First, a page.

Wall Street Journal — Pelosi Indicates Support for Senate’s Medicare Deal
If the House speaker really wanted to see the new Senate health deal – expanding Medicare to 55-year-olds and the creation of a new category of national private insurance — passed, she probably should have not voiced her support.
The real make-or-break moment on the new plan will come when the Congressional Budget Office reports on the costs of the plan and the economic impact of people not having to keep working into their 60s in order to keep their insurance. But word from Pelosi that she will trade a “robust public option” for more Medicare and a national private plan will spook Senate moderates who thought they might be signing on to something less liberal than the House plan.
Pelosi, though, is eager to please because she is losing members to retirement and will lose many more in November. The plan still creates a federal responsibility for health care and at this point, a W is a W.
Writer Greg Hitt has the details.
“Ms. Pelosi said the House and Senate bills ‘are probably 75% compatible,’ and suggested efforts to reconcile differences could go quickly. ‘We have just a few issues we have to deal with,’ she said.
The House and Senate bills have different approaches to paying for expanding health-insurance coverage. The House bill includes a new surtax on the wealthy, while the Senate would impose a range of health-related taxes including a levy on insurance companies that sell high-value health plans.
Another major issue is abortion. The House bill includes strict limits on abortion coverage, while the Senate’s bill is less restrictive.”
Wall Street Journal — Students Linked to al Qaeda
America has done a great job of keeping foreign Islamists from coming here to commit terrorist attacks. But just as in Europe, the alternative goal for anti-Western forces is to radicalize American Muslims.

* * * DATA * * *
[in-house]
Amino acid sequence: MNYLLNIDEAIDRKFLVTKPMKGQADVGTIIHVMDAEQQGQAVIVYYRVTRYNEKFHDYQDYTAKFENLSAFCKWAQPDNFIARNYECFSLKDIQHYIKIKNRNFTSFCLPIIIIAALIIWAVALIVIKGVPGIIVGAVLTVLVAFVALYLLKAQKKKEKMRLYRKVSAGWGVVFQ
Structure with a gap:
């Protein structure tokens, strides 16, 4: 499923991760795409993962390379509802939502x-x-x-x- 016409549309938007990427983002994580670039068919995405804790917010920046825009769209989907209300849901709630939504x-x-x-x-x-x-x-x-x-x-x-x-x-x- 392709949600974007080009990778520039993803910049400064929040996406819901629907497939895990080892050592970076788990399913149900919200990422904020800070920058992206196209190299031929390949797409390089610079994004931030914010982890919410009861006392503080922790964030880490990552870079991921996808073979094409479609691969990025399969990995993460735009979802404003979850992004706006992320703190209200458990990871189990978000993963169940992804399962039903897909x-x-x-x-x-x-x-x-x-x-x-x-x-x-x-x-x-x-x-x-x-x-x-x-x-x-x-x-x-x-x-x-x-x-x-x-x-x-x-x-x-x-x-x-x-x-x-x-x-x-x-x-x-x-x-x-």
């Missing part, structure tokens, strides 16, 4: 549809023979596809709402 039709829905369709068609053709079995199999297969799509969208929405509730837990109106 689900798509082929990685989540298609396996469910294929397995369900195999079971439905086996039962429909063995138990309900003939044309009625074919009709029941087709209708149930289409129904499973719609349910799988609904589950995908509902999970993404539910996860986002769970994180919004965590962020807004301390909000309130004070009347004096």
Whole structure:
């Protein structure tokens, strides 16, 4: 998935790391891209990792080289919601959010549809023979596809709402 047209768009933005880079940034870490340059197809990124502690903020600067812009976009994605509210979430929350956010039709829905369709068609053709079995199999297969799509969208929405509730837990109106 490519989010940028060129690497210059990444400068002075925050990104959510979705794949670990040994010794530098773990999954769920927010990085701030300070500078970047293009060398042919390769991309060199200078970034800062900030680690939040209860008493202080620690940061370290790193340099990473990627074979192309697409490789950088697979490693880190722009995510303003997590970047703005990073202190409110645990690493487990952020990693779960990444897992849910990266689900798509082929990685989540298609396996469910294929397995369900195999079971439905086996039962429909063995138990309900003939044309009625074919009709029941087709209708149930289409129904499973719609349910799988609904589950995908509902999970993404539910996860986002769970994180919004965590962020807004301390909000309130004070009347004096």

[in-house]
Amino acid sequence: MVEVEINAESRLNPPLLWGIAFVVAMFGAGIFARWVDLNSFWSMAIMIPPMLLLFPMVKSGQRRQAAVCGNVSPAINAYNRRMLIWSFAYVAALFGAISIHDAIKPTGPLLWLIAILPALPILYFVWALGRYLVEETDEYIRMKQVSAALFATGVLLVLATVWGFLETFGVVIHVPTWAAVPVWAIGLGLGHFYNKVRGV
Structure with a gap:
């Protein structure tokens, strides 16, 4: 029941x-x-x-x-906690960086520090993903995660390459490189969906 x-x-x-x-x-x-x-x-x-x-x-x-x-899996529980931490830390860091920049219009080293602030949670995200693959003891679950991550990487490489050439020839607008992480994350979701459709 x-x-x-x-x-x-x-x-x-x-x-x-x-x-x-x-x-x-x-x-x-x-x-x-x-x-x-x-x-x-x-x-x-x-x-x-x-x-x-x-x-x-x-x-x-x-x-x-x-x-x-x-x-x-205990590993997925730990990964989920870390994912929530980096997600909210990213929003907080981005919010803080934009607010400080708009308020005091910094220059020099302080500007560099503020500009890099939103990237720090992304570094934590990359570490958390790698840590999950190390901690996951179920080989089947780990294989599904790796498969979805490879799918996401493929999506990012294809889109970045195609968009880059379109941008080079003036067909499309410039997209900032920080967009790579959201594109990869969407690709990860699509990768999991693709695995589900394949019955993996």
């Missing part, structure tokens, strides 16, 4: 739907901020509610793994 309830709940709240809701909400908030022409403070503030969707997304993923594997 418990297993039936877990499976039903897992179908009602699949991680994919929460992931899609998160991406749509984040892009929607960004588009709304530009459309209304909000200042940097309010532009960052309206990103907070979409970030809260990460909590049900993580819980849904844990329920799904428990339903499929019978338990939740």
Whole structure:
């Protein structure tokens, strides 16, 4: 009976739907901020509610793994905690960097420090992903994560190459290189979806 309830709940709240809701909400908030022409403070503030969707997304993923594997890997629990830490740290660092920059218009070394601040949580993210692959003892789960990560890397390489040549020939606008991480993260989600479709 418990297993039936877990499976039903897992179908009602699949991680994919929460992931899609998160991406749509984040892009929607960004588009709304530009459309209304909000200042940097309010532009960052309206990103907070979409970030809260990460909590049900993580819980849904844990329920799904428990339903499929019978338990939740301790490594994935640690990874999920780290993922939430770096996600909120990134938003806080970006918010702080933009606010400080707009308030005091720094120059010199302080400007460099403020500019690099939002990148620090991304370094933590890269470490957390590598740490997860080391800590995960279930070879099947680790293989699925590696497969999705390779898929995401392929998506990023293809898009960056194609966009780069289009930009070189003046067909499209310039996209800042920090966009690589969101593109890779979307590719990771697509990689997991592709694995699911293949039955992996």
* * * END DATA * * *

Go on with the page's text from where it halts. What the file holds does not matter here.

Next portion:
And as we saw at Ft. Hood, the target is not the poor or oppressed Muslim, but the educated professional – a self-loathing participant in the hierarchy of the Great Satan.
As the details come out about the Northern Virginia dental student and his college friends arrested at a terrorist hangout in Pakistan, it makes one happy that they were so clueless and terrified that the next batch won’t be such a bunch of schmos.
The piece by Zahid Hussain, Siobahn Gorman and Neil King is truly must reading as a study on the target demographic for al Queda in hunting for the next Nidal Hasan.
“In the latest case, information from laptop computers and other material suggest the five men reached out to al Qaeda, the militant network operating from the tribal region bordering Afghanistan, said a Pakistani intelligence official. The men came in contact with al Qaeda through its local operatives, he said.
Police found jihadist literature at the house where the men were arrested, as well as maps of cities and installations — suggesting they could have been planning attacks in Pakistan, said Usman Anwar, police chief of Sargodha.
Initial evidence and interviews indicate at least some of the men wanted to fight U.S. soldiers, possibly in Afghanistan, U.S. officials said.”